Odds are high, you have to pull out the entry door as the door flange goes over the bottom piece of siding. Remove the door bottom threshold plate. Remove all the screws in the door frame to the siding, heat gun warm up the door frame where the screws are, work in an all sides dulled surface steel tool, a stiff blade putty knife or old dull wood chisel etc. and start at the bottom and pry and heat until the door frame starts to come off the siding. Work it slow and on both front and rear sides. It will start to come out, keep heating and prying and it will come out.

Now, look under the camper at the bottom piece of siding. I'm not 100% sure how a 1984 Sunline attached the bottom piece to the bottom of the floor. All the newer ones, the siding is folded under the camper with a 90 degree bend and stapled up from the bottom into the wall/floor joists. Pull those staples. Pull out any staples on the ends of the bottom piece of siding behind the door frame molding. Once all the staples are out, the bottom piece of siding will come off exposing the rotted wood.

Your may have a metal bottom cover, you will have to undo enough of the bottom cover to expose the bad wood that needs fixing. It may only have to be pushed down locally in that area.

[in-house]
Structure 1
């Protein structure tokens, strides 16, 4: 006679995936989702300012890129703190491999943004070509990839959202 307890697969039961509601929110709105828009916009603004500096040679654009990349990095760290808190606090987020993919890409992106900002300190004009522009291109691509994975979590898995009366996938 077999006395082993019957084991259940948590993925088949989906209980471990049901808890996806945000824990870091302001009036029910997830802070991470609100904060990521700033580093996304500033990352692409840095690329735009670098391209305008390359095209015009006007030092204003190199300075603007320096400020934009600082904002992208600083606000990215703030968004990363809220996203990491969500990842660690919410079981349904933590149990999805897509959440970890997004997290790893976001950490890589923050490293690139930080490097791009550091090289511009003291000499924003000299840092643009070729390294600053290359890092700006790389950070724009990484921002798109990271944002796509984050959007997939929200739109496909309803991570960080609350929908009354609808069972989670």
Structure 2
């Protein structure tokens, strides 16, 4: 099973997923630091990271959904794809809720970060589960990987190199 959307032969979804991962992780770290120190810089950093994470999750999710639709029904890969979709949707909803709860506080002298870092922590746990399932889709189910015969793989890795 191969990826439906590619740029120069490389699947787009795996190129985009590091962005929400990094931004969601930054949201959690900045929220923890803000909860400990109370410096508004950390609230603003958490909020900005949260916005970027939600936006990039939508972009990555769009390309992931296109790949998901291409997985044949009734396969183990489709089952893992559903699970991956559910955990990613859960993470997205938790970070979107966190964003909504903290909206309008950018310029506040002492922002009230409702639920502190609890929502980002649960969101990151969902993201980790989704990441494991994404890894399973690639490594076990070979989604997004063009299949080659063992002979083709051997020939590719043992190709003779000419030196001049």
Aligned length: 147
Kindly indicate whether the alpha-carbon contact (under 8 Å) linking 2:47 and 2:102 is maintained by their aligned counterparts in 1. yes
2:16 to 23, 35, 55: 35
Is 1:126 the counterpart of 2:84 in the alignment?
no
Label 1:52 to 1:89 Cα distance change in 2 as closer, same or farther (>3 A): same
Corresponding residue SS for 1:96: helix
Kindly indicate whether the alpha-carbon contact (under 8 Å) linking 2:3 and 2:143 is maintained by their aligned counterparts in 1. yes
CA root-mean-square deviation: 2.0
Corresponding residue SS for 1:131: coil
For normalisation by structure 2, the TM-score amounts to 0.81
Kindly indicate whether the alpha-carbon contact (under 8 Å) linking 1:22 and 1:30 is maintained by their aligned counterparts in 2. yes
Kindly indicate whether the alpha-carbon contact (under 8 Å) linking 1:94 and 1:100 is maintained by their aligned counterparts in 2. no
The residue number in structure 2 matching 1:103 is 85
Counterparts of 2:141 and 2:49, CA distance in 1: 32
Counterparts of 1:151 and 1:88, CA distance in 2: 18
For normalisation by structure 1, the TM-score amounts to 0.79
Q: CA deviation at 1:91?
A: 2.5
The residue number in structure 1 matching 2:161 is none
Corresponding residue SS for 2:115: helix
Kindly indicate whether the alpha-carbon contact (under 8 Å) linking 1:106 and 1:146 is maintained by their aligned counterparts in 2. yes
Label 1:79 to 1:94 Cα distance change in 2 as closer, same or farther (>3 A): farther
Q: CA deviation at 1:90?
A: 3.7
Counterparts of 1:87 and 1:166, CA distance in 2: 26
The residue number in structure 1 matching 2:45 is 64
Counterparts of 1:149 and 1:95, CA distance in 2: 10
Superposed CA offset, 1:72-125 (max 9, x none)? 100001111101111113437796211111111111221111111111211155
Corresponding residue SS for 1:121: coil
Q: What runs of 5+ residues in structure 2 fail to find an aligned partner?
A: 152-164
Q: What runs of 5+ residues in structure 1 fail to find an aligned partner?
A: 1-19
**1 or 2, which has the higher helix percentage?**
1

Once the bottom siding is off, you can see and repair the bad wood. Heads up, be prepared for water damage beyond the awning bracket. The window frame above the front right awning bracket, the door frame, the front right corner molding and a roof leak are all suspects on water from above that ended up at the bottom of the wall to rot out the wood holding the awning bracket. You can access the damage when the bottom siding is off.

If you want to access water damage in the walls, floor or ceiling before taking anything apart, consider getting a moisture meter and scanning the inside walls etc. This may help you decide what to to. See here for more on the meter

This post may help. This is from a 2004 Sunline taking the front right corner apart and the whole front wall. This vintage is built with the walls on top of the floor but how the siding comes off is very similar.

This post is from a 87 camper and the front is all apart from Thomascine, it may help also as the way the floor is made is closer to yours

Here is another 87 camper all apart from Yellow Jacket

We are here to help on how to put it all back together and seal it up. Just ask if you cannot find what you need.

Hope this helps


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Old 11-18-2022, 04:22 PM   #3
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Thanks SO MUCH John B. for your very through and informative assesment. It sounds like somewhat of a major project. I'll share your assesment with my son and see how he wants to proceed and should we decide to do the repairs, I'm sure we'll be back in touch, and will try to share pictures of our progress.

Thanks again, DanO